Ztachip is an open-source RISC-V accelerator for vision and AI edge applications running on low-end FPGA devices or custom ASIC that is said to perform 20 to 50 times faster than on non-accelerated RISC-V implementations, and is also better than RISC-V cores with vector extensions (no numbers were provided here).
Ztachip, pronounced zeta-chip, is not tied to a particular architecture, but the example code features a RISC-V core based on the VexRiscv implementation and can accelerate common computer vision tasks such as edge detection, optical flow, motion detection, color conversion, as well as TensorFlow AI models without retraining.
The open-source AI accelerator has been tested on Digilent ArtyA7-100T FPGA board in combination with a PMOD VGA module to connect to a display and an OV7670 VGA camera module. You can then build the sample found on Github with the Xilinx Vivado Webpack free edition and flash it to the board with OpenOCD following the provided instructions on Github.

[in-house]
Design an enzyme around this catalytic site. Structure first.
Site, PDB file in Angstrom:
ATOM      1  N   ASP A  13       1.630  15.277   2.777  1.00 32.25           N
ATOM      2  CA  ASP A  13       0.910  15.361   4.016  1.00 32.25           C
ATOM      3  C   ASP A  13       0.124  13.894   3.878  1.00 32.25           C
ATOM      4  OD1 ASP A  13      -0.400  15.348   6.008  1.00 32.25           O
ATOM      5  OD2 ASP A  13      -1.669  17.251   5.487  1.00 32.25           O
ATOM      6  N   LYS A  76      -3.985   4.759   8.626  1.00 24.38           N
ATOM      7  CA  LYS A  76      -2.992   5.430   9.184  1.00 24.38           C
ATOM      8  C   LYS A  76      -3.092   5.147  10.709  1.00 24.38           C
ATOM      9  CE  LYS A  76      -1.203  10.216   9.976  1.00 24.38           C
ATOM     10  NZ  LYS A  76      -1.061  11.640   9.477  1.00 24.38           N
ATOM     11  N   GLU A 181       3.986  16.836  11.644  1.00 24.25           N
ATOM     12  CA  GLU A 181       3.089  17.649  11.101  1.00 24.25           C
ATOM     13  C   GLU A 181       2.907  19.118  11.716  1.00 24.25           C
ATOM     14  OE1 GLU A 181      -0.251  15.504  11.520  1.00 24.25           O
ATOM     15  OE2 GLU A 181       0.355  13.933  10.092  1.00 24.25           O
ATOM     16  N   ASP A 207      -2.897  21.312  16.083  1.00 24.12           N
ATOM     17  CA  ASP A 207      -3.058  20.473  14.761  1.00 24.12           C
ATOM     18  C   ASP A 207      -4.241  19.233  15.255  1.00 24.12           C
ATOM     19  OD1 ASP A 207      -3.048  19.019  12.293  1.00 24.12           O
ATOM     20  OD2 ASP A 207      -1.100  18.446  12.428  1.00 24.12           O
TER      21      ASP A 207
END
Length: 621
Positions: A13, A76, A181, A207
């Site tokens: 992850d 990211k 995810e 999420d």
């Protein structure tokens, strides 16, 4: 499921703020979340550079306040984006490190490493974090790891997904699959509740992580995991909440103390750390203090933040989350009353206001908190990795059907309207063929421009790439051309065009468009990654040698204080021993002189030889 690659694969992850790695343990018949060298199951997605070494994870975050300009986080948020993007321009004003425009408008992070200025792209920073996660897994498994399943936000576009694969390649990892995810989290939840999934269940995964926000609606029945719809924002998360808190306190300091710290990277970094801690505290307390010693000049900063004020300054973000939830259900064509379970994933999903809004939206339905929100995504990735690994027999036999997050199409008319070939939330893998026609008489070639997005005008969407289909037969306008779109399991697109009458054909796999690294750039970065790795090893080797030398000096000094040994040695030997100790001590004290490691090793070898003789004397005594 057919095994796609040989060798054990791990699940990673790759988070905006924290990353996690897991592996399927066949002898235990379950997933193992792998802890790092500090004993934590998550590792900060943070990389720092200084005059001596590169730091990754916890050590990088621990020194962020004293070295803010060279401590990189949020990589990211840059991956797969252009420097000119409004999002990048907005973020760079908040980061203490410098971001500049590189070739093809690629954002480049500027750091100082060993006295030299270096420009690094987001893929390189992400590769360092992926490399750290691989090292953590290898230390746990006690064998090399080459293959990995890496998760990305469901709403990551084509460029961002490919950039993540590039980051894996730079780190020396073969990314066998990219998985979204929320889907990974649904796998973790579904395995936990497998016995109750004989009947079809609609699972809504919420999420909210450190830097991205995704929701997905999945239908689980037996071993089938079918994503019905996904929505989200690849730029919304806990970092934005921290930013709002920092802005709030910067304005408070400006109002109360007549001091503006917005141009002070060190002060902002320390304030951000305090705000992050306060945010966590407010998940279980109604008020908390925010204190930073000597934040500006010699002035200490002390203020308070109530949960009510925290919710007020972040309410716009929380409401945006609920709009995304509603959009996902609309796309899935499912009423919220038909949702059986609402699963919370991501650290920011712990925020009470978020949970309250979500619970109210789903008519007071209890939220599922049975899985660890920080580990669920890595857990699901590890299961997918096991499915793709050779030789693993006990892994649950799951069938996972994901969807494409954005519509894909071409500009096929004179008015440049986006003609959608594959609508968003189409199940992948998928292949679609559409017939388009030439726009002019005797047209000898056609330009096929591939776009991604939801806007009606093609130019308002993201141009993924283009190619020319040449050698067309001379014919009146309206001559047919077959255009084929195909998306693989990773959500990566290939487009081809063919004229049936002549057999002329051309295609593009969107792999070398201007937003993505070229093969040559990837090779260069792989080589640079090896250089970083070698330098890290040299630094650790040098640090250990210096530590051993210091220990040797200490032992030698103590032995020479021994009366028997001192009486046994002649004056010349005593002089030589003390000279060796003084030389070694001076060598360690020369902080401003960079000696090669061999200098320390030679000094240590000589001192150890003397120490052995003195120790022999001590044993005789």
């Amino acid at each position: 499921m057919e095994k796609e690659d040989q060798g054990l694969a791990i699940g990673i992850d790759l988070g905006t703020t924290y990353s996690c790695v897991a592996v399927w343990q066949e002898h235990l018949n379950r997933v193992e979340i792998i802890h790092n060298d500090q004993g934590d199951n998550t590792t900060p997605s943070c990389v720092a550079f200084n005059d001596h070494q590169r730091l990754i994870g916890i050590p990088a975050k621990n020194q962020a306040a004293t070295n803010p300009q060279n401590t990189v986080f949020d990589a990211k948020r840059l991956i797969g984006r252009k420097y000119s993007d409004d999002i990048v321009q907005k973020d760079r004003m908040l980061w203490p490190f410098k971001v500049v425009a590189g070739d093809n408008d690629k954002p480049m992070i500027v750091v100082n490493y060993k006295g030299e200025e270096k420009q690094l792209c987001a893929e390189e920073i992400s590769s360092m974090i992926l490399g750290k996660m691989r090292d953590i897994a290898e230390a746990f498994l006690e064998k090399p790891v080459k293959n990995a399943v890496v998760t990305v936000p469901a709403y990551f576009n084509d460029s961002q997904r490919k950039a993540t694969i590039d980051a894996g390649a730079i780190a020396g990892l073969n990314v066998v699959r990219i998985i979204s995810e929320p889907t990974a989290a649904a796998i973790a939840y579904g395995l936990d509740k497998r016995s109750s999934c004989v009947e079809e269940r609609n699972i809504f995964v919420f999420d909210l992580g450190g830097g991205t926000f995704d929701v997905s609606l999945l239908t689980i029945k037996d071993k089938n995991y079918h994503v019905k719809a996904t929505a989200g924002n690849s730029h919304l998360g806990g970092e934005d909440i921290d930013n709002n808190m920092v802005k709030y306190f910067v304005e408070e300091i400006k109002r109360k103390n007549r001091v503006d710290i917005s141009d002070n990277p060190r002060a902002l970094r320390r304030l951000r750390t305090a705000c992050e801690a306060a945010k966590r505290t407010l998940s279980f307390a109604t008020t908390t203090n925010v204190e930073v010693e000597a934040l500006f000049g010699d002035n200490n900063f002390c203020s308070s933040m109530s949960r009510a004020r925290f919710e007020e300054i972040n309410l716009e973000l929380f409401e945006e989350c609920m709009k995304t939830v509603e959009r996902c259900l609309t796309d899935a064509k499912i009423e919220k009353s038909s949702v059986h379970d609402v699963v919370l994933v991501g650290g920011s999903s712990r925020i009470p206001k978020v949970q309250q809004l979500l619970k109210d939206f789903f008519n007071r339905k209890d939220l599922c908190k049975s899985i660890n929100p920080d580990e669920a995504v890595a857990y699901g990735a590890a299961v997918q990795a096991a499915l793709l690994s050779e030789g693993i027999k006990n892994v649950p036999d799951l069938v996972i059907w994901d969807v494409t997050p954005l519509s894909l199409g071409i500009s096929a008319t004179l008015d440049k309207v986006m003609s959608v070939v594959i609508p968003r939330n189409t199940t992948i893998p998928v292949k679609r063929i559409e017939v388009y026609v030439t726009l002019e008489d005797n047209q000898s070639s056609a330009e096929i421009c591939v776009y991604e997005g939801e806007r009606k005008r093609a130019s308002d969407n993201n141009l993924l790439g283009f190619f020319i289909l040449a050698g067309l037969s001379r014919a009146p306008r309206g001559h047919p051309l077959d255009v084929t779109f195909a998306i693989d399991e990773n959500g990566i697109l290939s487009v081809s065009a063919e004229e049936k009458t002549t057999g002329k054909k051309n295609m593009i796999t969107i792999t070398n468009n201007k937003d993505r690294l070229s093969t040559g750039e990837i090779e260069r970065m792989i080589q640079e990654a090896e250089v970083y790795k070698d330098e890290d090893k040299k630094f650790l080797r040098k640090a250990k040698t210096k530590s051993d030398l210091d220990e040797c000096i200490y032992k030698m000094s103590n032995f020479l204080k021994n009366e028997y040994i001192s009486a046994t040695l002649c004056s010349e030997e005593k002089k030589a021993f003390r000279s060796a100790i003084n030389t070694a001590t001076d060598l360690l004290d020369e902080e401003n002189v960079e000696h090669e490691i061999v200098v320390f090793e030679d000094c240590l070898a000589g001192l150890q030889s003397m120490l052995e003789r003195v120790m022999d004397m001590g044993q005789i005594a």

The video demonstrating the Ztachip AI vision accelerator below runs a multi-tasking demo with object detection, edge detection, Harris corner detector, and motion detection running at the same time.
Vuong Nguyen, the developer, explains his accelerator is more flexible and supports a broader range of AI workloads compared to other accelerators that tend to accelerate only a narrow range of applications only, for example, convolution neural networks (CNN) only.
The project has been released under an MIT license and is free to use even for commercial applications.
Jean-Luc started CNX Software in 2010 as a part-time endeavor, before quitting his job as a software engineering manager, and starting to write daily news, and reviews full time later in 2011.